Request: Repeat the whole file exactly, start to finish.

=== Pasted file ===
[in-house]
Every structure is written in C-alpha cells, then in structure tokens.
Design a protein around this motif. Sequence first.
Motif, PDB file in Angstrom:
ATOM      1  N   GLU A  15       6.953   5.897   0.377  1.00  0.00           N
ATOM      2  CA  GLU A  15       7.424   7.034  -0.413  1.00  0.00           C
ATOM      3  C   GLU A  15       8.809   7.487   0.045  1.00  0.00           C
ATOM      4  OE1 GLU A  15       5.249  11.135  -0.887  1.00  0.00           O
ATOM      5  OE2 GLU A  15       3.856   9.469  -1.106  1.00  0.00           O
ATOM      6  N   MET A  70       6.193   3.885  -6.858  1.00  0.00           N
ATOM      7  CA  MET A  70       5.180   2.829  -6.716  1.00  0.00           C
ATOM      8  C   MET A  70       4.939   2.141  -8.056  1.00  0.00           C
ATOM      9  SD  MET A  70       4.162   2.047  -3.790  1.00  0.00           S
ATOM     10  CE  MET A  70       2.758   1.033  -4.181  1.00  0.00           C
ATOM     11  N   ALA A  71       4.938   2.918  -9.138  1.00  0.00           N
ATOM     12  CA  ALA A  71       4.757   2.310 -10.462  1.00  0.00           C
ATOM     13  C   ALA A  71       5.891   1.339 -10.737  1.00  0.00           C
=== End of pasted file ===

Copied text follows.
[in-house]
Every structure is written in C-alpha cells, then in structure tokens.
Design a protein around this motif. Sequence first.
Motif, PDB file in Angstrom:
ATOM      1  N   GLU A  15       6.953   5.897   0.377  1.00  0.00           N
ATOM      2  CA  GLU A  15       7.424   7.034  -0.413  1.00  0.00           C
ATOM      3  C   GLU A  15       8.809   7.487   0.045  1.00  0.00           C
ATOM      4  OE1 GLU A  15       5.249  11.135  -0.887  1.00  0.00           O
ATOM      5  OE2 GLU A  15       3.856   9.469  -1.106  1.00  0.00           O
ATOM      6  N   MET A  70       6.193   3.885  -6.858  1.00  0.00           N
ATOM      7  CA  MET A  70       5.180   2.829  -6.716  1.00  0.00           C
ATOM      8  C   MET A  70       4.939   2.141  -8.056  1.00  0.00           C
ATOM      9  SD  MET A  70       4.162   2.047  -3.790  1.00  0.00           S
ATOM     10  CE  MET A  70       2.758   1.033  -4.181  1.00  0.00           C
ATOM     11  N   ALA A  71       4.938   2.918  -9.138  1.00  0.00           N
ATOM     12  CA  ALA A  71       4.757   2.310 -10.462  1.00  0.00           C
ATOM     13  C   ALA A  71       5.891   1.339 -10.737  1.00  0.00           C